Melbourne Cup punters are betting with bitcoin, and there’s nothing anyone can do about it
Online betting sites using Cocos Islands web addresses investigated over possible breach
Racing season is about to hit its peak and, from Moree to Morphettville to Menangle to Moonee Valley, Australian races are attracting interest from international punters.
- Bitcoin cannot be used on Australian gambling websites, but overseas sites allow punters to gamble with the currency
- Bitcoin bets are difficult to trace because of the technology used
- Some experts fear the use of bitcoin heightens match-fixing risks
And, of course, they are betting on the Melbourne Cup too.
That doesn’t seem unusual until you see the website they are using.
It’s called 1xBit, and its primary currency is bitcoin.
Gambling with bitcoins is not allowed on Australian sites, but that doesn’t mean Australian sports aren’t attracting interest on the international cryptocurrency betting market.
AFL, NRL, Super Netball, NBA, greyhounds and even suburban soccer matches can be found on bitcoin betting sites with links to countries like Estonia, Montenegro, Curacao and Cyprus.
One site even uses a web address from the British Indian Ocean Territory — a collection of barely populated atolls midway between Sumatra and Madagascar.
And it’s this type of betting that is worrying those charged with keeping sport free of match-fixing.
Bitcoin’s ‘cloak of secrecy’
“As the use of bitcoins and other cryptocurrencies in sports betting becomes more prevalent, then the risk of match-fixing is heightened,” said sports lawyer and academic Catherine Ordway.
Suspicious bets placed on unregulated offshore betting sites are already difficult for Australian authorities to monitor.
When those bets are placed by bitcoin, they are virtually untraceable, because the online payment option provides near anonymity for its users.
“For those who don’t want integrity officers to see their betting, bitcoin adds another cloak of secrecy to it,” said Ray Murrihy, the retired chief steward of Racing NSW who is now on the board of Responsible Wagering Australia.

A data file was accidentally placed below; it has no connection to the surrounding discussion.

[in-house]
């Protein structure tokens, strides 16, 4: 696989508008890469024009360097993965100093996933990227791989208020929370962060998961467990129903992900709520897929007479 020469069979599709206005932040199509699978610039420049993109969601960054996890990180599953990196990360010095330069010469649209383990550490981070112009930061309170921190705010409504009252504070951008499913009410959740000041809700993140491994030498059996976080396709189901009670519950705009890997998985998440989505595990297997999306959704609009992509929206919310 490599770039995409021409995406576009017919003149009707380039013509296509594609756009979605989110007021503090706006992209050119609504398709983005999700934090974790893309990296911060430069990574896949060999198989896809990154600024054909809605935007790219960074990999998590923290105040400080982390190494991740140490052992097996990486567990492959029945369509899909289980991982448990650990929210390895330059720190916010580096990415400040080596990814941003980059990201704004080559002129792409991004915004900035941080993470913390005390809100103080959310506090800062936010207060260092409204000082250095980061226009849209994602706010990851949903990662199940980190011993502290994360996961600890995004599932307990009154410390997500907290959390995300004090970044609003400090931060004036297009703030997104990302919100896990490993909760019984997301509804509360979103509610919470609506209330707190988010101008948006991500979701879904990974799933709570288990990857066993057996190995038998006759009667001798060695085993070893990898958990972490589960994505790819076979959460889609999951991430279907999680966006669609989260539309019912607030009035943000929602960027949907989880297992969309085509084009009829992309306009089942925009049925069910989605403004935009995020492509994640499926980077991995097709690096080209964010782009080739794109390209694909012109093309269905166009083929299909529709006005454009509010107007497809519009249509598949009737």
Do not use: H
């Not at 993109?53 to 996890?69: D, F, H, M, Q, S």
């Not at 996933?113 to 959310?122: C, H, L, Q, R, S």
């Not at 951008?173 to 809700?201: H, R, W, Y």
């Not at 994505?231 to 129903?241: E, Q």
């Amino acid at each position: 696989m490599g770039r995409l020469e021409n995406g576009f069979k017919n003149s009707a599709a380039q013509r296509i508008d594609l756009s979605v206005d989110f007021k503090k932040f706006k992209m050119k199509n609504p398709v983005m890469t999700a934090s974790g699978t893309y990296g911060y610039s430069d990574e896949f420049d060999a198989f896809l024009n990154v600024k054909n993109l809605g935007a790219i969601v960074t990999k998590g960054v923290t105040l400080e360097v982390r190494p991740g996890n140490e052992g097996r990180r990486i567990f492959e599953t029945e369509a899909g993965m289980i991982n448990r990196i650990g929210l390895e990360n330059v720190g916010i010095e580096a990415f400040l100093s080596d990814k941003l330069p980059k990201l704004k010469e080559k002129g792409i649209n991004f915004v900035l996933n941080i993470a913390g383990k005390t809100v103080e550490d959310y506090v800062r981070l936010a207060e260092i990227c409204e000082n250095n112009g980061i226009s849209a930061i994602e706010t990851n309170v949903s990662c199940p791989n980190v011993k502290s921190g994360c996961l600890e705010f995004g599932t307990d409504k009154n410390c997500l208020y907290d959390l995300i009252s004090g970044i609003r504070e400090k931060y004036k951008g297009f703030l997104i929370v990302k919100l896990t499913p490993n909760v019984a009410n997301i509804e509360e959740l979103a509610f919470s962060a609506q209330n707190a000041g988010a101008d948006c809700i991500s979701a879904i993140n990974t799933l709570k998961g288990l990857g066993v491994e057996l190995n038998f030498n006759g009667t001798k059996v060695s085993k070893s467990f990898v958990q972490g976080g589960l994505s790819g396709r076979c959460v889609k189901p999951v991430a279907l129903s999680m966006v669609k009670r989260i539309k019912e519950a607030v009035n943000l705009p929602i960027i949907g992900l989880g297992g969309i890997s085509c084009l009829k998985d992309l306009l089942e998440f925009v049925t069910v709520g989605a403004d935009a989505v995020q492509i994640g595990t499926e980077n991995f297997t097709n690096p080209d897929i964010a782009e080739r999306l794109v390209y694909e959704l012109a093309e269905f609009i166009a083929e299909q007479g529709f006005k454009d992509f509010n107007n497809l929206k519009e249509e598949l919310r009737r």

“With bitcoin, there’s no access to the identities of the parties involved.
“It’s very unlikely that the casual or weekend punter is going to be involved in this.
“It’s usually people that seek to hide their identity for one reason or another … perhaps people who have access to inside information.”
Diego Garcia is the largest atoll in the British Indian Ocean Territory, whose .io internet country code is used by one bitcoin betting website. (Creative Commons: Wikimedia)
But one punter who makes a living from betting on the bitcoin markets disagrees that only those with nefarious intentions gamble this way.
The Australian man, based in south-east Asia, does however believe bitcoin and betting sites are a match made in heaven for fixers.
“It’s definitely not an imagined threat,” says the man, who blogs about bitcoin betting under the pseudonym Bitedge.
“Professional athletes are mostly tech and gambling savvy young men in a career that will stop paying within 10 years.
“The first time we find out about crypto match-fixing will not be the first or last time that it happens.”
‘We can’t stop them’
One of the Australian competitions frequently featured on bitcoin betting sites is the AFL.
During the season, you could bet on not only who would win but who would score the next goal as the game unfolded.
Even using Australian dollars, that kind of betting is outlawed on local sites.
But the league said it was powerless to take action.
“The AFL does not have the ability to restrict or stop their operations,” league spokesman Patrick Keane said.
“The AFL has agreements with Australian-based wagering providers to enable us to track betting options around our sport, but we do not have those relationships beyond Australia.”
Racing Victoria said it was yet to approve any wagering operator to offer bitcoin betting.
“Any wagering activity must operate under an approved framework, and support product fees back to the industry,” a spokesperson said.
Earlier this year, the racing commission of the Northern Territory — where most of the country’s online betting sites are registered — poured cold water on the plans of online bookmaker Neds to start a bitcoin gambling service.
The commission told the ABC it did not approve sports bookmakers “to receive and pay bets in cryptocurrency such as bitcoin, on the basis of legal advice that suggested that it would not be lawful to do so in the NT”.
There are also questions over how effective match-fixing legislation will be against such activity being carried out via the bitcoin betting market.
Ms Ordway said current Australian laws were not set up to deal with match-fixing specifically involving cryptocurrency sites.
“Australian laws don’t specifically refer to bets placed on Australian sporting events using cryptocurrencies, from here or elsewhere, and it makes sense to review the laws to determine whether they should specifically refer to this new technology,” she said.
“But an argument could certainly be made that any form of corruption of an Australian sporting event, or element of an event, that impacts on a gambling outcome is covered by the national policy [on match-fixing], and relevant state or territory laws.”
Mr Murrihy said it may take an incident of match-fixing on the bitcoin betting market to awaken sports and authorities to the threat.
“I think sometimes it takes a headline or an exposé to put people on the alert,” he said.
“It’s a difficult one. There’s no real easy solutions, other than that sports need to be on tap with the intelligence agencies … and try to be alert to where this danger is.”